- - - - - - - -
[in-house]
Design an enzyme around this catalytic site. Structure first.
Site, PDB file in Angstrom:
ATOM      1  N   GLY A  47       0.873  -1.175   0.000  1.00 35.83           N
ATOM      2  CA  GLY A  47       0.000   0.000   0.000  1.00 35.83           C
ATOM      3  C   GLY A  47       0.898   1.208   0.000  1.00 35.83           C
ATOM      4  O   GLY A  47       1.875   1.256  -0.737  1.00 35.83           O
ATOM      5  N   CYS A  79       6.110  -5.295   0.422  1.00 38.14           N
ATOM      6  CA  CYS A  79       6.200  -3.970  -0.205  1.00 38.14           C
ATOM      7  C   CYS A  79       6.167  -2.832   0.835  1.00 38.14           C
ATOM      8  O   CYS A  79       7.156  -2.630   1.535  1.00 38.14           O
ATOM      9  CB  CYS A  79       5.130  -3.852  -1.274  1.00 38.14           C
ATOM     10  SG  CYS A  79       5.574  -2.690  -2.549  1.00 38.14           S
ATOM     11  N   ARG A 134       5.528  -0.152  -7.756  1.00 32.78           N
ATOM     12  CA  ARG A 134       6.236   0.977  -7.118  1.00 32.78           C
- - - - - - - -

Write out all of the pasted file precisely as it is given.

[in-house]
Design an enzyme around this catalytic site. Structure first.
Site, PDB file in Angstrom:
ATOM      1  N   GLY A  47       0.873  -1.175   0.000  1.00 35.83           N
ATOM      2  CA  GLY A  47       0.000   0.000   0.000  1.00 35.83           C
ATOM      3  C   GLY A  47       0.898   1.208   0.000  1.00 35.83           C
ATOM      4  O   GLY A  47       1.875   1.256  -0.737  1.00 35.83           O
ATOM      5  N   CYS A  79       6.110  -5.295   0.422  1.00 38.14           N
ATOM      6  CA  CYS A  79       6.200  -3.970  -0.205  1.00 38.14           C
ATOM      7  C   CYS A  79       6.167  -2.832   0.835  1.00 38.14           C
ATOM      8  O   CYS A  79       7.156  -2.630   1.535  1.00 38.14           O
ATOM      9  CB  CYS A  79       5.130  -3.852  -1.274  1.00 38.14           C
ATOM     10  SG  CYS A  79       5.574  -2.690  -2.549  1.00 38.14           S
ATOM     11  N   ARG A 134       5.528  -0.152  -7.756  1.00 32.78           N
ATOM     12  CA  ARG A 134       6.236   0.977  -7.118  1.00 32.78           C